What makes a successful CEO? Most people call to mind a familiar definition: “a seasoned manager with deep industry expertise.” Others might point to the qualities of today’s so-called celebrity CEOs – charisma, virtuoso communication skills, and a confident management style. But what really matters when you run an organisation? What is the hallmark of exceptional CEO performance? Quite simply, it is the returns for the shareholders of that company over the long term.
Note: “The Outsiders” was #1 on Warren Buffett’s recommended reading list in the Berkshire Hathaway Annual Shareholder Letter (2012).
“Factfulness: Ten Reasons We’re Wrong About the World — and Why Things Are Better Than You Think” by Hans Rosling, Anna Rosling Rönnlund, and Ola Rosling
When asked simple questions about global trends ― what percentage of the world’s population lives in poverty; why the world’s population is increasing; how many girls finish school―we systematically get the answers wrong. So wrong that a chimpanzee choosing answers at random will consistently outguess teachers, journalists, Nobel laureates, and investment bankers.
“Factfulness” offers a radical new explanation of why this happens, outlining the ten instincts that distort our perspective―from our tendency to divide the world into two camps (usually some version of us and them) to the way we consume media (where fear rules) to how we perceive progress (believing that most things are getting worse).
Note: Bill Gates gave away free copies of this book to college graduates. Gates has lauded “Factfulness” as “One of the most important books I’ve ever read ― an indispensable guide to thinking clearly about the world.”
“Blue Ocean Strategy, Expanded Edition: How to Create Uncontested Market Space and Make the Competition Irrelevant” by W. Chan Kim and Renée Mauborgne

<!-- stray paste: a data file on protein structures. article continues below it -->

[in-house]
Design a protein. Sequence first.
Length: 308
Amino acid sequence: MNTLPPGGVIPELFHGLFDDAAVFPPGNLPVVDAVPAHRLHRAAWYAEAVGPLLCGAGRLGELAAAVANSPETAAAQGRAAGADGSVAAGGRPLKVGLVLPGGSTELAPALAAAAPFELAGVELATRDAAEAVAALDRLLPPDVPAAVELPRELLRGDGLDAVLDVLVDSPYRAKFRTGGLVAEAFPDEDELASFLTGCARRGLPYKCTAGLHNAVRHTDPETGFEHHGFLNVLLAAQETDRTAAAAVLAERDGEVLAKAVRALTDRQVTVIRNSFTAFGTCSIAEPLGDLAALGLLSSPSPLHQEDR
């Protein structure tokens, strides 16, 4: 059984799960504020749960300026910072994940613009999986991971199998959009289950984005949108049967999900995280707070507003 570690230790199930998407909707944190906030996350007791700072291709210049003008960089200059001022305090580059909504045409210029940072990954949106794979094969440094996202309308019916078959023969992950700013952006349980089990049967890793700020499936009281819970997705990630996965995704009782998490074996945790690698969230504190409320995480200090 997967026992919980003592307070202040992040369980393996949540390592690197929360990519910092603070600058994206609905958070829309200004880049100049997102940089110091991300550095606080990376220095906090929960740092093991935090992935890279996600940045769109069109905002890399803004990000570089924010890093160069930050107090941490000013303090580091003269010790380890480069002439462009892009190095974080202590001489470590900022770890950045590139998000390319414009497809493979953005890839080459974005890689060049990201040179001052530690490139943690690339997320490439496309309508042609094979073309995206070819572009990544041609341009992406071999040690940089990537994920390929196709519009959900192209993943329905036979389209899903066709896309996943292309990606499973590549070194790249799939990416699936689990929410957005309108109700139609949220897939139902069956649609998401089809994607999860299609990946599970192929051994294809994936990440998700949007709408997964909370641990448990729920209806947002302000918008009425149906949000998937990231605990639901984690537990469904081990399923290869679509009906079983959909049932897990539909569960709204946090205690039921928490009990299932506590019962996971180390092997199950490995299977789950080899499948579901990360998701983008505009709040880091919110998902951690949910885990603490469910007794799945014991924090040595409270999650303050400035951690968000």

“Blue Ocean Strategy” argues that cutthroat competition results in nothing but a bloody red ocean of rivals fighting over a shrinking profit pool. Based on a study of 150 strategic moves (spanning more than 100 years across 30 industries), the authors argue that lasting success comes not from battling competitors but from creating “blue oceans”- untapped new market spaces ripe for growth.
“How to Win Friends & Influence People” by Dale Carnegie
Dale Carnegie’s rock-solid, time-tested advice has carried countless people up the ladder of success in their business and personal lives. One of the most groundbreaking and ageless bestsellers, “How to Win Friends & Influence People” will teach you: six ways to make people like you, twelve ways to win people to your way of thinking, nine ways to change people without arousing resentment, and more.
“Bad Blood: Secrets and Lies in a Silicon Valley Startup” by John Carreyrou
In 2014, Theranos founder and CEO Elizabeth Holmes was widely seen as the female Steve Jobs: a brilliant Stanford dropout whose startup “unicorn” promised to revolutionise the medical industry with a machine that would make blood testing significantly faster and easier. Backed by investors such as Larry Ellison and Tim Draper, Theranos sold shares in a fundraising round that valued the company at more than $US9 billion ($AUD14.8 billion), putting Holmes’s worth at an estimated $US4.7 billion ($AUD 6.8 billion). There was just one problem: The technology didn’t work.
“The Art of War” by Sun Tzu